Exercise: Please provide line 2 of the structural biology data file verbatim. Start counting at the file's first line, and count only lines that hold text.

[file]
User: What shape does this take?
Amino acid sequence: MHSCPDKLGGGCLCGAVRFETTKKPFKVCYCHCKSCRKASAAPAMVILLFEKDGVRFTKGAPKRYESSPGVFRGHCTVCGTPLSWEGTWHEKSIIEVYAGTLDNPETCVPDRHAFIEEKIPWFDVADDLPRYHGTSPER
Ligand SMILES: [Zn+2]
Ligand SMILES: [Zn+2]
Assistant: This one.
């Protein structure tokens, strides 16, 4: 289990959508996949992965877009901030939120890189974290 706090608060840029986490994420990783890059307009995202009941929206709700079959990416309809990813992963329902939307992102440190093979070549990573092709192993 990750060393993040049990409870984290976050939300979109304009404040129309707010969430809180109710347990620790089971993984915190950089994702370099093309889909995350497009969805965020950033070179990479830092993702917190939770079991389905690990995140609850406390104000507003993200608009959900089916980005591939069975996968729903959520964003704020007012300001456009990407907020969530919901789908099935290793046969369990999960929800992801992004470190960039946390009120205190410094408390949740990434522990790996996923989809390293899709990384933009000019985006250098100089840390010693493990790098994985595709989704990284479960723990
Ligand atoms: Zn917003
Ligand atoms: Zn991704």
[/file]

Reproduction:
Amino acid sequence: MHSCPDKLGGGCLCGAVRFETTKKPFKVCYCHCKSCRKASAAPAMVILLFEKDGVRFTKGAPKRYESSPGVFRGHCTVCGTPLSWEGTWHEKSIIEVYAGTLDNPETCVPDRHAFIEEKIPWFDVADDLPRYHGTSPER